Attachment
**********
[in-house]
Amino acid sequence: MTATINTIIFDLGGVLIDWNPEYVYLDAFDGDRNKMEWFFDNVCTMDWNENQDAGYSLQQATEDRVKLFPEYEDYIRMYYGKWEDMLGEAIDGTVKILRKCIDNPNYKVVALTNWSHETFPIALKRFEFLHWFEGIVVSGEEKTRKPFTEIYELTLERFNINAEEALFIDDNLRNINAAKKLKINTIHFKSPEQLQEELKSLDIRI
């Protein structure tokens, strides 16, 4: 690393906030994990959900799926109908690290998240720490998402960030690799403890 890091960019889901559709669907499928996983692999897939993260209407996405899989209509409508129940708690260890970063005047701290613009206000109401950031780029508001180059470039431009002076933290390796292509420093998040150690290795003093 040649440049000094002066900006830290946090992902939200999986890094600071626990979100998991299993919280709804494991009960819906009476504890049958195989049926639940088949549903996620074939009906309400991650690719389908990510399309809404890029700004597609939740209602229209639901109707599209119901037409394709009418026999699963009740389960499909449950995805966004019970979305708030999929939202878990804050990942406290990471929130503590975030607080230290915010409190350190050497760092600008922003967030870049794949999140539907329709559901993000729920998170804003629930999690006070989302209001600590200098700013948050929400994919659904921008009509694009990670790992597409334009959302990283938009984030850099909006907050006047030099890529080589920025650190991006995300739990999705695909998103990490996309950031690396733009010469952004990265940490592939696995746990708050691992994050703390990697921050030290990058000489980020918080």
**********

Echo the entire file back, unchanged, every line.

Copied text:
[in-house]
Amino acid sequence: MTATINTIIFDLGGVLIDWNPEYVYLDAFDGDRNKMEWFFDNVCTMDWNENQDAGYSLQQATEDRVKLFPEYEDYIRMYYGKWEDMLGEAIDGTVKILRKCIDNPNYKVVALTNWSHETFPIALKRFEFLHWFEGIVVSGEEKTRKPFTEIYELTLERFNINAEEALFIDDNLRNINAAKKLKINTIHFKSPEQLQEELKSLDIRI
């Protein structure tokens, strides 16, 4: 690393906030994990959900799926109908690290998240720490998402960030690799403890 890091960019889901559709669907499928996983692999897939993260209407996405899989209509409508129940708690260890970063005047701290613009206000109401950031780029508001180059470039431009002076933290390796292509420093998040150690290795003093 040649440049000094002066900006830290946090992902939200999986890094600071626990979100998991299993919280709804494991009960819906009476504890049958195989049926639940088949549903996620074939009906309400991650690719389908990510399309809404890029700004597609939740209602229209639901109707599209119901037409394709009418026999699963009740389960499909449950995805966004019970979305708030999929939202878990804050990942406290990471929130503590975030607080230290915010409190350190050497760092600008922003967030870049794949999140539907329709559901993000729920998170804003629930999690006070989302209001600590200098700013948050929400994919659904921008009509694009990670790992597409334009959302990283938009984030850099909006907050006047030099890529080589920025650190991006995300739990999705695909998103990490996309950031690396733009010469952004990265940490592939696995746990708050691992994050703390990697921050030290990058000489980020918080």